Protect the skin you're in
Know your skin cancer ABC's - what to look for
Asymmetry: One part of a mole or birthmark doesn’t match the other.
Border: The edges are irregular, ragged, notched, or blurred.
Color: The color is not the same all over and may include shades of brown or black, sometimes with patches of pink, red, white, or blue.
Diameter: The spot is larger than ¼ inch across – about the size of a pencil eraser.
Evolving: The mole is changing in size, shape, or color.
Use broad spectrum sunscreen of 30+ on sunny days or when the UV level is high to protect your skin. Reapply every two hours.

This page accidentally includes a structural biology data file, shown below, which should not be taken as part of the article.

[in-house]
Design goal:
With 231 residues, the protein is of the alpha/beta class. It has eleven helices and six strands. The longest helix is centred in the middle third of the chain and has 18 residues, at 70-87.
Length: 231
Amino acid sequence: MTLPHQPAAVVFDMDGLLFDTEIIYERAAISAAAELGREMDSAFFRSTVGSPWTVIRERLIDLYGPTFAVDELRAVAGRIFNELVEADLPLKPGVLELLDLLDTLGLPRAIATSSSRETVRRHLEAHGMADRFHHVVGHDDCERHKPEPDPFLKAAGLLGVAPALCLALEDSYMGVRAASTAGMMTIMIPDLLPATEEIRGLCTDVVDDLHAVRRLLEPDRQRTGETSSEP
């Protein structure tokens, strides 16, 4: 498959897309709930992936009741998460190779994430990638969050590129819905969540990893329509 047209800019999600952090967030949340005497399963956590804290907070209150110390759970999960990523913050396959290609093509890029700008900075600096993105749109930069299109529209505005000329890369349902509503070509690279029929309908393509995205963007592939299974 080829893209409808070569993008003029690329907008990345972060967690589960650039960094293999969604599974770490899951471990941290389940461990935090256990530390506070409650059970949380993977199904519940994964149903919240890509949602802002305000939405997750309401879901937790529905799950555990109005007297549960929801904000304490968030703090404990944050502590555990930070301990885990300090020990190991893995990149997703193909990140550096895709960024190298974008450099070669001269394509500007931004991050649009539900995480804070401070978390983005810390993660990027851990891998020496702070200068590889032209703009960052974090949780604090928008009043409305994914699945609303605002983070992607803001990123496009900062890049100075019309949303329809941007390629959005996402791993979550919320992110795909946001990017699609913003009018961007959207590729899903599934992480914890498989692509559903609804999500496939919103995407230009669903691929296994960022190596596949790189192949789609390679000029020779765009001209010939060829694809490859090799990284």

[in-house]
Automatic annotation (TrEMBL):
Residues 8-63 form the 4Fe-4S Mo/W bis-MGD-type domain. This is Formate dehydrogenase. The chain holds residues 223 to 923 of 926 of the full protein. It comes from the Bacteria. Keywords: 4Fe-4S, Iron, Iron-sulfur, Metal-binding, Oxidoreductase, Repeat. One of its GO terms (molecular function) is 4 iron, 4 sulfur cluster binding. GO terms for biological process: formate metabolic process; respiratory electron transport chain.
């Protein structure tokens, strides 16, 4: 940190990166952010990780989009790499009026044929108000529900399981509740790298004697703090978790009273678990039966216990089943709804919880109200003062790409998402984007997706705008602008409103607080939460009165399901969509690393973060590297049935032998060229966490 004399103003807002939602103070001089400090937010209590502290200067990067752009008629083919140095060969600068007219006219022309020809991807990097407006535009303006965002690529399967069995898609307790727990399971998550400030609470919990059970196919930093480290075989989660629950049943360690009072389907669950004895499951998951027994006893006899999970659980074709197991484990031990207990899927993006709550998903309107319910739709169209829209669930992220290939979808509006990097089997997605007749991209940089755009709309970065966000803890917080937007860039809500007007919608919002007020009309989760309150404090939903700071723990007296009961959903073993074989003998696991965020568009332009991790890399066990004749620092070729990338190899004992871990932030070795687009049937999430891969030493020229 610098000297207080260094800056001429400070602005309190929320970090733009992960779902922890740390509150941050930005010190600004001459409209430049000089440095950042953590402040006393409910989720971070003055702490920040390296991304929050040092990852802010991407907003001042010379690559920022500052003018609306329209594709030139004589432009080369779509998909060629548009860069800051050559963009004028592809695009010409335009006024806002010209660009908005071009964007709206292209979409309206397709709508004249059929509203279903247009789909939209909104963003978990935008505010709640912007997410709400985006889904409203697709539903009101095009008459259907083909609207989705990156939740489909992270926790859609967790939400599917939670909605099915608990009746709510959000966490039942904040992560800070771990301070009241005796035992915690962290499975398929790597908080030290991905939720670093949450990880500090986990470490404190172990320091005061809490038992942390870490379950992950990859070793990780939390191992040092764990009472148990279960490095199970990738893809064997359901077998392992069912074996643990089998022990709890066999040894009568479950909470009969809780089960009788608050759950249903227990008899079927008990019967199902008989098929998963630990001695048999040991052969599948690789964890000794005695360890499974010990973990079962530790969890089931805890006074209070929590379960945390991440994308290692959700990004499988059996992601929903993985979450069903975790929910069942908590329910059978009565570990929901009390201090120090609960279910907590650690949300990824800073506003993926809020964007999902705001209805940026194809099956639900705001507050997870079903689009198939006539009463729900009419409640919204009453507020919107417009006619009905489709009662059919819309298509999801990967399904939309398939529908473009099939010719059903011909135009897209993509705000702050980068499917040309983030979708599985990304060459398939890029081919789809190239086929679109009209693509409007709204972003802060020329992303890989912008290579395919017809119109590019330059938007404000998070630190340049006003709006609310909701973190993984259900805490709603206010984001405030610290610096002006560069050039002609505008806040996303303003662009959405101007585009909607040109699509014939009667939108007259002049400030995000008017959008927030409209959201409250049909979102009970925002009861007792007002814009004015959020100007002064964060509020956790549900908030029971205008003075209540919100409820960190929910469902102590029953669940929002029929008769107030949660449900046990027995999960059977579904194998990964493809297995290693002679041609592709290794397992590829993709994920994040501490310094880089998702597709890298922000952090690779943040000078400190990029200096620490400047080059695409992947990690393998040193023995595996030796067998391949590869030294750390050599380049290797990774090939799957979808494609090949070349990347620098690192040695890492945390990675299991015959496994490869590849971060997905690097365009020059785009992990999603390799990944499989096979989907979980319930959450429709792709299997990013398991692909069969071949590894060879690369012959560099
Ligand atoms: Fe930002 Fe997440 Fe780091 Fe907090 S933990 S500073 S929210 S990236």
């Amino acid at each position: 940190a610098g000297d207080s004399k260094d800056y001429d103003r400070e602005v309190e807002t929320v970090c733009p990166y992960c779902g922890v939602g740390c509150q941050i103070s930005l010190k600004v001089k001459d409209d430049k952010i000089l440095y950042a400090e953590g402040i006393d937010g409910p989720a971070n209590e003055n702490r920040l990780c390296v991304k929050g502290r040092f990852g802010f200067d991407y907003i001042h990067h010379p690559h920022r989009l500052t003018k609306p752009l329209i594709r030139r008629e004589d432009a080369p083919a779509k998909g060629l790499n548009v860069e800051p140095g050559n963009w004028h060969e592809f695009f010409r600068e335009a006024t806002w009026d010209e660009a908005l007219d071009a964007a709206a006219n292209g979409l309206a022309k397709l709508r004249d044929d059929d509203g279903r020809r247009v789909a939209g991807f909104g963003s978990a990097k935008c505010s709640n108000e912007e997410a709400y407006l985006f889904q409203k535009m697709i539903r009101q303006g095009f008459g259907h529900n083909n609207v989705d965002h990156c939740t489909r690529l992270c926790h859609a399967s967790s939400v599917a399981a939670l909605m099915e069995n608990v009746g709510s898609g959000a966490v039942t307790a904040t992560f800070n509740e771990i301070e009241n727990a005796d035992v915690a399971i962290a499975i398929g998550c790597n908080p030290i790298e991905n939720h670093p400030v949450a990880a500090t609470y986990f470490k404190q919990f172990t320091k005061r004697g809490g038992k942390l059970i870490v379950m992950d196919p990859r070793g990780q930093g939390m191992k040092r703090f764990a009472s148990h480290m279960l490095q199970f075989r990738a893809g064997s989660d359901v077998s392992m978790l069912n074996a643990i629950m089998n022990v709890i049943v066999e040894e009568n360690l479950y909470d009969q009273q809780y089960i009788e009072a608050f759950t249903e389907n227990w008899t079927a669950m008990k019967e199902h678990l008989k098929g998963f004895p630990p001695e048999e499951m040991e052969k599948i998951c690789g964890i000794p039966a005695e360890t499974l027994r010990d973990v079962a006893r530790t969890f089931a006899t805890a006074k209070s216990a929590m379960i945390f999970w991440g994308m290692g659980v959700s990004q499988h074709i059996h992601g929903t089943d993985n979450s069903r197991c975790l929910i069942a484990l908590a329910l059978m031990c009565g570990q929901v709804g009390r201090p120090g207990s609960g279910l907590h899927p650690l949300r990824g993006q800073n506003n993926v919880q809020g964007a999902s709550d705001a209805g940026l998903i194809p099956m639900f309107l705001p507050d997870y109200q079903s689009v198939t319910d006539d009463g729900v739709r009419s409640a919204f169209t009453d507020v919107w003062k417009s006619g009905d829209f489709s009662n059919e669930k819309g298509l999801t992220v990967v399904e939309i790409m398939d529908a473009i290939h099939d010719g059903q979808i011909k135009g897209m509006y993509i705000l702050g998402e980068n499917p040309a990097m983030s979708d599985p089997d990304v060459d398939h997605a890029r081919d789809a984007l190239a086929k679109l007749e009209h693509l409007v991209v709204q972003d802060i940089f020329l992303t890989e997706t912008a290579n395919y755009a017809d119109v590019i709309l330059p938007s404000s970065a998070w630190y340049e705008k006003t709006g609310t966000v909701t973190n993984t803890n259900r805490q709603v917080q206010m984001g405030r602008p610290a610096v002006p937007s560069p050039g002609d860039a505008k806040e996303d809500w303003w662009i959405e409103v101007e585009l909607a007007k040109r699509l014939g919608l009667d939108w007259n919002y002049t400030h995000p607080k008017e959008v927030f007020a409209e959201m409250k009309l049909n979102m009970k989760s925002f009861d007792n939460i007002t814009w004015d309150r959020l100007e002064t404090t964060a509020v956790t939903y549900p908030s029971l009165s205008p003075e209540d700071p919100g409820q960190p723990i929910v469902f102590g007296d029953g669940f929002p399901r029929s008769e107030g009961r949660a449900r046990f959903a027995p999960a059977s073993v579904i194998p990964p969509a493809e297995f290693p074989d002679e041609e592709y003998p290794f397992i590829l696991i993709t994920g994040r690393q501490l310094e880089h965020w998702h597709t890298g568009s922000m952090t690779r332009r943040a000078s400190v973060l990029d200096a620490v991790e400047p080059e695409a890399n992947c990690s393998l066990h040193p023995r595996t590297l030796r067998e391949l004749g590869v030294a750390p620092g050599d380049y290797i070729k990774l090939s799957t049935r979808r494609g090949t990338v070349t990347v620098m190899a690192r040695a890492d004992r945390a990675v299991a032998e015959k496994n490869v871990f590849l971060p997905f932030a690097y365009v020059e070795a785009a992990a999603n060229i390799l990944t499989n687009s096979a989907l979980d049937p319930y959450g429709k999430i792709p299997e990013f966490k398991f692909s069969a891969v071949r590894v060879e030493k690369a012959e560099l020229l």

Having a sun hat on when it is sunny out can help protect your head and face from the sun's harmful rays.
Getting regular skin checks by a dermatologist for any signs of skin cancer is good.
- Skin cancer can occur anywhere on the body, and if left untreated can spread to lymph nodes and vital organs
- Skin cancer is easily treated in its early stages. Most skin cancers are basal or squamous cell types which spread slowly and are very treatable.
- Prevention is key - avoid prolonged sun exposure and especially tanning beds, wear hats, sunglasses and sunscreen.